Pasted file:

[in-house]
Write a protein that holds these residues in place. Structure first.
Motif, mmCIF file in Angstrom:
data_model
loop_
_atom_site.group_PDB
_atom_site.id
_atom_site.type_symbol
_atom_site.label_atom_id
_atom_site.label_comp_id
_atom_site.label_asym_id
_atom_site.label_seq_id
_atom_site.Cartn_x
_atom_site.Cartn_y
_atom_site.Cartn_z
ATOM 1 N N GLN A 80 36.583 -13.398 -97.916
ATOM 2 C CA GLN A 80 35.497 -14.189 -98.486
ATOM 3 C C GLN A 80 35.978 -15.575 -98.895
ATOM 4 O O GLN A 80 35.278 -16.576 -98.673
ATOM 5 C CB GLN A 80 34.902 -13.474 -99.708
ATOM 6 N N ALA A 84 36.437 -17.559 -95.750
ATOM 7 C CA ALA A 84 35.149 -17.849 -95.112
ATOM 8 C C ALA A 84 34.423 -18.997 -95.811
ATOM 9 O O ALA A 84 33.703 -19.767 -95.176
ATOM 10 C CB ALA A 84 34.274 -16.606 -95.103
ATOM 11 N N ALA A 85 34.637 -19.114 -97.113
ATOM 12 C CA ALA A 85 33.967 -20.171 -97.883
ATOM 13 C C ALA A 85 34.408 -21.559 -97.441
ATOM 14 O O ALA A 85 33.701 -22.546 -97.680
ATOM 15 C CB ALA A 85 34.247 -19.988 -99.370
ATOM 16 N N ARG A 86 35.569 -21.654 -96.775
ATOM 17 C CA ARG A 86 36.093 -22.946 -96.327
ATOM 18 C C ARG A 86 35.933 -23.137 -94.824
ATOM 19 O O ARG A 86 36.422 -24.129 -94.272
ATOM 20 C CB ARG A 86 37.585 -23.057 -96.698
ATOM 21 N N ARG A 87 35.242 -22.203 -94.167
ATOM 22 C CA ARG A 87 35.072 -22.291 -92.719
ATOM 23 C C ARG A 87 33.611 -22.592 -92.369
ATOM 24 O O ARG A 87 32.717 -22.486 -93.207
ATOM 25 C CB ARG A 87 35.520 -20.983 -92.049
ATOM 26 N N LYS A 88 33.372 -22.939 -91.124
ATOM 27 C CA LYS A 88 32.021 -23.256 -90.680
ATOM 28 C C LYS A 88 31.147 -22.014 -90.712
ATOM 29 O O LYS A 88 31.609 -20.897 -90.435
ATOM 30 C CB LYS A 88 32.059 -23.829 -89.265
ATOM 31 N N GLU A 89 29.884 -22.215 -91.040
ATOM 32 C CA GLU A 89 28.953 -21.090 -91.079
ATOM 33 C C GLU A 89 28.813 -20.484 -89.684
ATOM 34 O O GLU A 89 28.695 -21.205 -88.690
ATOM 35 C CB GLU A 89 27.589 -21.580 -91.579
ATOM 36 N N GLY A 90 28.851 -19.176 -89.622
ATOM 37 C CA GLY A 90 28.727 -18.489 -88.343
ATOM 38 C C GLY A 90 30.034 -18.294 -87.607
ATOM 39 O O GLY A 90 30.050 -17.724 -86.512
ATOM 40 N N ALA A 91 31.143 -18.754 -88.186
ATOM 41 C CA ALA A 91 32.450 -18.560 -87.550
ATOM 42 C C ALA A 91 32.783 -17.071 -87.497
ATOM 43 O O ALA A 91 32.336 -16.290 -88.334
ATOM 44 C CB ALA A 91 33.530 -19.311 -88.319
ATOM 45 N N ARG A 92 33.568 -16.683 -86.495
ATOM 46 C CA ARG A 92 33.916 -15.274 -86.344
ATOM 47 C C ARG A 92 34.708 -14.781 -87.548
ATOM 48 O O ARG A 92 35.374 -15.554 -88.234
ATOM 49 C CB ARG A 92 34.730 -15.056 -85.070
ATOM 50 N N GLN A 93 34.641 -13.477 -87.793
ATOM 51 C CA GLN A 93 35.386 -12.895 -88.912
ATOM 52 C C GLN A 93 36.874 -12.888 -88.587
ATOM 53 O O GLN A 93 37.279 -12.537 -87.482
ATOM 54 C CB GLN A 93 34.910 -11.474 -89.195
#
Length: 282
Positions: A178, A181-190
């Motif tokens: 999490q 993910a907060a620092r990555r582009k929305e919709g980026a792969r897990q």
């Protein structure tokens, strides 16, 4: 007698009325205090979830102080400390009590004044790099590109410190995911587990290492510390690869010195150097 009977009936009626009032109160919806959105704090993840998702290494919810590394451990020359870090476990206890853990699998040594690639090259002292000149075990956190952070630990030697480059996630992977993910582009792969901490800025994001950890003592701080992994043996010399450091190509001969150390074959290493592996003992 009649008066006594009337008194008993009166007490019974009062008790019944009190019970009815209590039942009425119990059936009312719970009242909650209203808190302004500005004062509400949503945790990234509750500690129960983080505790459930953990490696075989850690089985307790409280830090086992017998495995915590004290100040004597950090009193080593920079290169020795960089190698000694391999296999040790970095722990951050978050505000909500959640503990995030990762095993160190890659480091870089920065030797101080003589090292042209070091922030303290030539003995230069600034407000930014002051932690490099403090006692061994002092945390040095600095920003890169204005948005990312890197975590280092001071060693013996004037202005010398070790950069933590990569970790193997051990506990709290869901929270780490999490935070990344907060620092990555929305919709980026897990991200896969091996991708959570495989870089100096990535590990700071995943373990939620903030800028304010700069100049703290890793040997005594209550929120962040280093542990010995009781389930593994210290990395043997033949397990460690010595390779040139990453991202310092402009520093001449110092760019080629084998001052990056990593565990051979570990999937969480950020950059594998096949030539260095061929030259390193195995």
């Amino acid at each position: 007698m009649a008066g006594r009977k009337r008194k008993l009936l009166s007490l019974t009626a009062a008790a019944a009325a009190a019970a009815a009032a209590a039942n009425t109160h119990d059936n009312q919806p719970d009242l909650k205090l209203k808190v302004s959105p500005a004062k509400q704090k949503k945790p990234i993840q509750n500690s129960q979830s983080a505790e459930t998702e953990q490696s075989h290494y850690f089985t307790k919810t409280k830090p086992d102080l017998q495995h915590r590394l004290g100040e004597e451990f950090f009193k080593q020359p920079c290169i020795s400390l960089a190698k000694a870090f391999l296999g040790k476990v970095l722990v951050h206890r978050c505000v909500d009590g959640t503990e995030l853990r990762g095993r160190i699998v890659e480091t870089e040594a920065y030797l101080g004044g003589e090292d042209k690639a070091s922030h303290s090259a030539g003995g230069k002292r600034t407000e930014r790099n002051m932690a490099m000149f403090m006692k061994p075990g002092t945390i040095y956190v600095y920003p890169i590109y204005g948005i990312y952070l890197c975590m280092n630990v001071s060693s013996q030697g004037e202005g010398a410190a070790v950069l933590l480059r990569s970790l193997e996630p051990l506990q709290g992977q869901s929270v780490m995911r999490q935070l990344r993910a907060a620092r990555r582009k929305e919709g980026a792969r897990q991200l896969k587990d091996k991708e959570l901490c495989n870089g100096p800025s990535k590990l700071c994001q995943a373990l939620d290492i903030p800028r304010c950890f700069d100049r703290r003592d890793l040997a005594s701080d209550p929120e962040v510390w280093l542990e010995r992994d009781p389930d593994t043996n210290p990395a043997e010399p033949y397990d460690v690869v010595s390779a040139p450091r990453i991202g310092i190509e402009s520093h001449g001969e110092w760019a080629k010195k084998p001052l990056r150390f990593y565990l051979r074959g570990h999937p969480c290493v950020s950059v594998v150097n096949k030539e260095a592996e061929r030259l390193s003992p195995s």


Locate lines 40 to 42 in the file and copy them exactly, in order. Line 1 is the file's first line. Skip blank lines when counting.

ATOM 25 C CB ARG A 87 35.520 -20.983 -92.049
ATOM 26 N N LYS A 88 33.372 -22.939 -91.124
ATOM 27 C CA LYS A 88 32.021 -23.256 -90.680